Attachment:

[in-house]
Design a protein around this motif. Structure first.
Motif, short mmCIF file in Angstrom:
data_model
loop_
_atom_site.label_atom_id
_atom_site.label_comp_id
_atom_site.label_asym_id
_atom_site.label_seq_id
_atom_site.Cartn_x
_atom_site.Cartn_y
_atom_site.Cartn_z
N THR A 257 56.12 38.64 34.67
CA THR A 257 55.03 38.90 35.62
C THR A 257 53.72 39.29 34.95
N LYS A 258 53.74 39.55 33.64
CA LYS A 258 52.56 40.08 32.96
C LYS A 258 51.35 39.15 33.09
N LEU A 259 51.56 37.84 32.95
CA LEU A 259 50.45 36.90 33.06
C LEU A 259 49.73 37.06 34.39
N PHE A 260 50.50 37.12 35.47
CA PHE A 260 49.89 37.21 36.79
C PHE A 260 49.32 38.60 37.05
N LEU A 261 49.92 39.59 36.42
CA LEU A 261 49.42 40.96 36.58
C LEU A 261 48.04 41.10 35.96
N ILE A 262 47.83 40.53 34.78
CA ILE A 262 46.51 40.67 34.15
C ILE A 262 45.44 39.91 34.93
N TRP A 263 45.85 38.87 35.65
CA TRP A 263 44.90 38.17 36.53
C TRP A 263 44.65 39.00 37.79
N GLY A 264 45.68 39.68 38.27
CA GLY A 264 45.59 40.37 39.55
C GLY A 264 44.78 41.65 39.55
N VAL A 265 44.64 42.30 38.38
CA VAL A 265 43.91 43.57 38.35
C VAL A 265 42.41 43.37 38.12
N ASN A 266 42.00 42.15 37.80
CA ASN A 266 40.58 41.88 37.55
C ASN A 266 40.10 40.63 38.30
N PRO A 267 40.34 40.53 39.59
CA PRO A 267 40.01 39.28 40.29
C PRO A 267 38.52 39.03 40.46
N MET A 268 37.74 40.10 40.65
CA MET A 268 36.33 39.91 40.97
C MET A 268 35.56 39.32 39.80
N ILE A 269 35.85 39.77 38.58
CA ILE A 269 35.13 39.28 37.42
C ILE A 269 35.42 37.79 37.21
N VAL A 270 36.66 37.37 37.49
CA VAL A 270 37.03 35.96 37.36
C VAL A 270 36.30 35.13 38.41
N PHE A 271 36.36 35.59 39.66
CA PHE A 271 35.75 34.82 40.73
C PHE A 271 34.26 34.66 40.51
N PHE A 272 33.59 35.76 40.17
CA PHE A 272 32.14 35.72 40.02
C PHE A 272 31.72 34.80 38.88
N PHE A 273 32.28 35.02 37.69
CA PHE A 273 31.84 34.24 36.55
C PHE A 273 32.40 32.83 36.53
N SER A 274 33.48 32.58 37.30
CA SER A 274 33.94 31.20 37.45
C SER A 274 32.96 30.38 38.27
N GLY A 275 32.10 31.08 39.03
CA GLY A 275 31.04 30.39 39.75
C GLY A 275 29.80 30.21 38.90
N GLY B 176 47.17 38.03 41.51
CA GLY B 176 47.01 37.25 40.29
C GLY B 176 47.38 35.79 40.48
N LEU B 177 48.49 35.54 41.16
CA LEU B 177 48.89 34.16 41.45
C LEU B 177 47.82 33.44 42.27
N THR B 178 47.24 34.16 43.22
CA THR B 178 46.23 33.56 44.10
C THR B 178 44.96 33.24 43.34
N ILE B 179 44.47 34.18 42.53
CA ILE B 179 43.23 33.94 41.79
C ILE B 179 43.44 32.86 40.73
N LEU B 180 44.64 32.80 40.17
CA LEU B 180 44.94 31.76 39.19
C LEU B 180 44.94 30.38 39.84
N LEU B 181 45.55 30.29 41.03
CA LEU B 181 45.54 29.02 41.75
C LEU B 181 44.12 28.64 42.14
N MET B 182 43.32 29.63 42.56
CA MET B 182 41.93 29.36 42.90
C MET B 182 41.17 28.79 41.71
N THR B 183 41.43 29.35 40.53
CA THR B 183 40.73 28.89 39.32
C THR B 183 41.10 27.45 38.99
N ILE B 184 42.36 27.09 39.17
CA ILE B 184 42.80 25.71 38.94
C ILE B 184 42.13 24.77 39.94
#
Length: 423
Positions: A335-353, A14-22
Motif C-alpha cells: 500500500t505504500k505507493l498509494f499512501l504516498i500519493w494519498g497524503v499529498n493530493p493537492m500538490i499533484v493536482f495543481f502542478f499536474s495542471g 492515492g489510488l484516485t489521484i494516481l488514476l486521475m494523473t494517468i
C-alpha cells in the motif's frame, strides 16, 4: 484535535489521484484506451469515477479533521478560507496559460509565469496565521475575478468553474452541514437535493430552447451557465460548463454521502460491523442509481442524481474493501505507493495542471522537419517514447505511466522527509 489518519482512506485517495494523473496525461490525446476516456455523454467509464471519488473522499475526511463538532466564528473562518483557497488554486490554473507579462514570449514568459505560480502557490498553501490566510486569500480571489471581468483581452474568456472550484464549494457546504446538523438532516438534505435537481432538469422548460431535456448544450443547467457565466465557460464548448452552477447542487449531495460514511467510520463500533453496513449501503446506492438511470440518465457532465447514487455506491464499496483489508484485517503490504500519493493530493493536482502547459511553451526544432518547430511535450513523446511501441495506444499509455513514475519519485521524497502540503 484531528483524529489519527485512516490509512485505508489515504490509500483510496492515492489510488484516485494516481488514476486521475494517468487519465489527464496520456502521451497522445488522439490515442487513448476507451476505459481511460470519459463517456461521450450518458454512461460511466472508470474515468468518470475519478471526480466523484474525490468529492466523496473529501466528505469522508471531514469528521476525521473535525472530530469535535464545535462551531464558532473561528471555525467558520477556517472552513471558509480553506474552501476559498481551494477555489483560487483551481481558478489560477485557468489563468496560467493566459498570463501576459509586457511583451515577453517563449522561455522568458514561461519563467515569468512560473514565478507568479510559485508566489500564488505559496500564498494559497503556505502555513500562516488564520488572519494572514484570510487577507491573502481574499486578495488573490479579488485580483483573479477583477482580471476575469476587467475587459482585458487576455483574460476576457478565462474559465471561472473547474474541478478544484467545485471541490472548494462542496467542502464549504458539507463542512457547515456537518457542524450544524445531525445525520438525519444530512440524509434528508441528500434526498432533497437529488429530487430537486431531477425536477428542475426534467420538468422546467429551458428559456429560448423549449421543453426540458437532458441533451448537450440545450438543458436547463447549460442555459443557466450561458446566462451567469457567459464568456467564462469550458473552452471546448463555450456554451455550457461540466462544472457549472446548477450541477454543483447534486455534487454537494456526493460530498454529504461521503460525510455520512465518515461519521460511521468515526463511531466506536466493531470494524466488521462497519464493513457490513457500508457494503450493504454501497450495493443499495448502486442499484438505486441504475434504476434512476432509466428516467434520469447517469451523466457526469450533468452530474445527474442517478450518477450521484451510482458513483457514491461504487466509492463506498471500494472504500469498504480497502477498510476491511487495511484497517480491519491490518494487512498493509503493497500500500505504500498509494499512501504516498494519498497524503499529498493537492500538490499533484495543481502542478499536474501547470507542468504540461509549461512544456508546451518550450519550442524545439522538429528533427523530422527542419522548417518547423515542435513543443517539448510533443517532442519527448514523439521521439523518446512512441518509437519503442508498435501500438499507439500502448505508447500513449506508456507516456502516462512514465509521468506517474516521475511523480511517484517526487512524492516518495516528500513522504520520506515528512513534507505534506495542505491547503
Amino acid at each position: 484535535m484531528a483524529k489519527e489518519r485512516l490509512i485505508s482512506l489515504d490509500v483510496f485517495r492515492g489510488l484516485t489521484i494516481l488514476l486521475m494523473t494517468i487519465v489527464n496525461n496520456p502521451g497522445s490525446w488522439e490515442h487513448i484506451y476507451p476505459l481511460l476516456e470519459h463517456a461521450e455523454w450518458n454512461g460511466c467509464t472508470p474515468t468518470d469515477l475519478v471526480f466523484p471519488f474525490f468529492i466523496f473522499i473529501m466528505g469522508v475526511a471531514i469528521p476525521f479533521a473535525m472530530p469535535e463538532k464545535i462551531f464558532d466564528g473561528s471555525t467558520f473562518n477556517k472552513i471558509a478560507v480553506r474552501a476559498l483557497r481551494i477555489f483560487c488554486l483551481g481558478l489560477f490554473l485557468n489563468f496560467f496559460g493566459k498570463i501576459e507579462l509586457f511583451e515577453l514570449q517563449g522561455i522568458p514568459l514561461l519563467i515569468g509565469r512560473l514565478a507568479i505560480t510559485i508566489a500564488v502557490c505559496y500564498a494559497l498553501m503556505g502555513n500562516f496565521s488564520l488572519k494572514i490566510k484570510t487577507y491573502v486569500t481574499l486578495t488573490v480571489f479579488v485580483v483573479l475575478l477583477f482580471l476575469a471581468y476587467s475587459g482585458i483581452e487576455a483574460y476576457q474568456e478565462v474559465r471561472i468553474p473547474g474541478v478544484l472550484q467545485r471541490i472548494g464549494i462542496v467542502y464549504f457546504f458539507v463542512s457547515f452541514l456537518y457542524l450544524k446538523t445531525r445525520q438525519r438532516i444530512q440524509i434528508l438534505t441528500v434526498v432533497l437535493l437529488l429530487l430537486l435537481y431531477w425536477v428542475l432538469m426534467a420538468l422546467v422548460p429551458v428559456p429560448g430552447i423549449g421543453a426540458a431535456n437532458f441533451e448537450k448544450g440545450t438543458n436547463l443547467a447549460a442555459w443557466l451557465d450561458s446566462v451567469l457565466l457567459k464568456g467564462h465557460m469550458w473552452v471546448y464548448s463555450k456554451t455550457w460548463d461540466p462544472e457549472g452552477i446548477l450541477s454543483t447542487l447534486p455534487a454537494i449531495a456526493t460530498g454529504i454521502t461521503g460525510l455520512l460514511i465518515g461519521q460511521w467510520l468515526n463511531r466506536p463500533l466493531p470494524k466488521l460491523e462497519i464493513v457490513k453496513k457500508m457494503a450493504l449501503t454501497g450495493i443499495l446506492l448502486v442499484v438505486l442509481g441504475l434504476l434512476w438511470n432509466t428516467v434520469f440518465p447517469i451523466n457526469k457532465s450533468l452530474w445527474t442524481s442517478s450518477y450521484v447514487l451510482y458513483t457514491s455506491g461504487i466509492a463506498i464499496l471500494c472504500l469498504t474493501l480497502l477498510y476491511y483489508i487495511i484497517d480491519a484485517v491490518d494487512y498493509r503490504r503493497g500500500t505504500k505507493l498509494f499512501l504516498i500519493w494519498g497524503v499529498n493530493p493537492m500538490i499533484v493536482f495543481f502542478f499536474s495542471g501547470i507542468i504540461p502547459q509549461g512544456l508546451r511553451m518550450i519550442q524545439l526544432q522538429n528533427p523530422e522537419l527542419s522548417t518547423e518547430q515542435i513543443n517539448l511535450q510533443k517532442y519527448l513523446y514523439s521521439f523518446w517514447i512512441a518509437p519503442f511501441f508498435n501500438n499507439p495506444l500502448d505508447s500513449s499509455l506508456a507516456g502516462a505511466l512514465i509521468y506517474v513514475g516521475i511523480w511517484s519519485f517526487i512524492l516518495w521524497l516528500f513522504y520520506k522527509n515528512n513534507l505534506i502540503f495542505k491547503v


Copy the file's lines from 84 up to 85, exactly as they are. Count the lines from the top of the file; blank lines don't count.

C LEU B 180 44.94 30.38 39.84
N LEU B 181 45.55 30.29 41.03